It isn’t lost on Victor Kiritchenko that the nuclear crisis in Japan is taking place almost 25 years to the month after a reactor at Chernobyl melted down on April 26, 1986, causing the worst nuclear power plant accident in history.
As a government-employed broadcast journalist based in Kiev, 95 kilometres from the Chernobyl nuclear plant, Kiritchenko lived with his wife and two young children. Despite their close proximity to the nuclear plant, the family and the other three million residents of the Ukrainian city continued on with their lives as normal as possible with brief evacuations their only defence.
Kiritchenko says residents weren’t advised by the communist government of the accident until May 2, a full week later, when radiation was at its highest.
“But I still have my full head of hair,” said Kiritchenko with a thick Ukrainian accent. “Whenever I tell people I was just 20 miles from the radiation zone, they expect me to be bald or sick. The truth is, I’m as healthy today as ever.”
On May 10, 1986, he turned 31 years old alone, because his family had been sent away for two months to avoid the radiation. He stayed to work.
“I remember that day well because it was my birthday,” said the Re/Max real estate agent. “It was the day the reactor was expected to really melt down, possibly destroying Kiev, but as it turned out it didn’t.”
Kiritchenko makes light of the situation now — “People ask me why I have so much energy and I tell them I’m radioactive” or “I glow in the dark and save money on energy bills” – but Chernobyl did steal away people he loved.
His brother-in-law was tasked with checking radiation levels on roadways close to the plant. He died at the age of 32 from cancer. His mother, who lives less than 100 kilometres from Chernobyl, has swollen legs and feet and can’t walk due to radiation poisoning. She was once a medical doctor.
His father, who fought in the Second World War and later worked in coal mines for 30 years, scrimped and saved to build a tiny cottage on a sandy lot with a garden on the shores of Kiev Lake. That lake is now off-limits, poisoned with radiation for thousands of years.
Seventy plant workers died in the days following the meltdown. Estimates range from 4,000 to one million people who died or became sick in the years after due to radiation.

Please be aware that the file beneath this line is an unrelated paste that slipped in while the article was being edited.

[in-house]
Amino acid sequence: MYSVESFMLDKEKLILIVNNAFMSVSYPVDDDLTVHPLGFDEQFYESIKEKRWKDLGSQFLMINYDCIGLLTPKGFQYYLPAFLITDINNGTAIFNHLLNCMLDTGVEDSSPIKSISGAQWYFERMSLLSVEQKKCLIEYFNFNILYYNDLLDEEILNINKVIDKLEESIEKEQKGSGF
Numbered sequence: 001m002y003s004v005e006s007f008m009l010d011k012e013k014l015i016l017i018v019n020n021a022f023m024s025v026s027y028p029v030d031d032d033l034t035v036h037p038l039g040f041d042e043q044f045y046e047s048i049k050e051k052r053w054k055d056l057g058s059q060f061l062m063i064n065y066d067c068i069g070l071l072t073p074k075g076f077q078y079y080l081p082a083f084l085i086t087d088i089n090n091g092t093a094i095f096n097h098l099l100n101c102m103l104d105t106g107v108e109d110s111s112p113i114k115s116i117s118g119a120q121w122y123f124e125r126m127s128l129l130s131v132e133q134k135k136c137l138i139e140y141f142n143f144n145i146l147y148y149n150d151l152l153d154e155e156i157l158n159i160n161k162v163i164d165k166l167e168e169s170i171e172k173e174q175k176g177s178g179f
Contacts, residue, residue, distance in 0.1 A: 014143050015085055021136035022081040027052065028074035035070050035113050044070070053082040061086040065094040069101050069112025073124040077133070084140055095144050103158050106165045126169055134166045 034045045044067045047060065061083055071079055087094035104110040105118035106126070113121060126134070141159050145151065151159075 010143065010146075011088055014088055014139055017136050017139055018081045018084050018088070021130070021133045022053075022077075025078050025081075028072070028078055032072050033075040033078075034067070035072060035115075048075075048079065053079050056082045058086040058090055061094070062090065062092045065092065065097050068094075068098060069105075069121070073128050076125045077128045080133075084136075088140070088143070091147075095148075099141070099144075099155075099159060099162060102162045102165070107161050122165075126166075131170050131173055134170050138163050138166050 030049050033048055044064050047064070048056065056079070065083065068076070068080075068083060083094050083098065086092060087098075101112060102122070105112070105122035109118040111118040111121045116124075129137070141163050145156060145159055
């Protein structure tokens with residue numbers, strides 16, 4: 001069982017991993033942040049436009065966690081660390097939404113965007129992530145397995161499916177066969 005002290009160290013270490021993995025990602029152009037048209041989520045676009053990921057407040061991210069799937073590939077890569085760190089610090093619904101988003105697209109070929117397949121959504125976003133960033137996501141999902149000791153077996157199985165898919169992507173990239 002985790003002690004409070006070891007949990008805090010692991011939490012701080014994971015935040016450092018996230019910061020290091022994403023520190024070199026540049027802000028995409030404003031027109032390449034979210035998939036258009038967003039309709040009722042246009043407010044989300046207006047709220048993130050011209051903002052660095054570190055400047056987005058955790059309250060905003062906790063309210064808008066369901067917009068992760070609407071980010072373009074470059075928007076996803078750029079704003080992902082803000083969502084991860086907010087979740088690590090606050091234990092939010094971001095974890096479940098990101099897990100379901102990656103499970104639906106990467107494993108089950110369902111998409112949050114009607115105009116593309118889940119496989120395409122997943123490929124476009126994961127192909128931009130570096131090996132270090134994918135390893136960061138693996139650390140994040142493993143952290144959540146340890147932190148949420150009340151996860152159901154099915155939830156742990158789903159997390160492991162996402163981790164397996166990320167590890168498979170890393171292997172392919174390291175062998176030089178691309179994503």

In his opinion, Kiritchenko, who worked within Chernobyl’s 20-mile nuclear zone, says there is little reason for B.C. residents to be concerned about radiation from Japan causing harm here.
Twenty-five years after Chernobyl, Kiev still has a radiation level twice that of Tokyo, according to Ukrainian Fact newspaper. People now live and grow food well within the nuclear zone, and the area has even become a tourist attraction.
The Japanese plant was heavily damaged March 11 after an 8.9-magnitude earthquake struck the country’s northeastern communities.
As a result, people in B.C. are stocking up on iodine potassium tablets out of fear of radiation arriving here. Provincial health officer Dr. Perry Kendall said there is no immediate health threat.
“Based on present information, we do not expect any health risk following the nuclear reactor releases in Japan, nor is the consumption of potassium iodide tablets a necessary precaution,” said Kendall, adding that the tablets can protect human thyroid glands from radiation poisoning.
The B.C. Centre for Disease Control is currently monitoring radiation levels. It is estimated that it would take almost a week for any radiation to arrive in B.C., and based on current levels it would dissipate to non-threatening levels if it did.
Kiritchenko said as a witness to Chernobyl, he felt compelled to share his story and information with people in Nanaimo to provide perspective.
“We are, what, 8,000 kilometres from Japan?” said Kiritchenko. “And the uranium is not leaking like it was at Chernobyl. This is a completely different situation and I’m not sure people understand.”
– with files from Black Press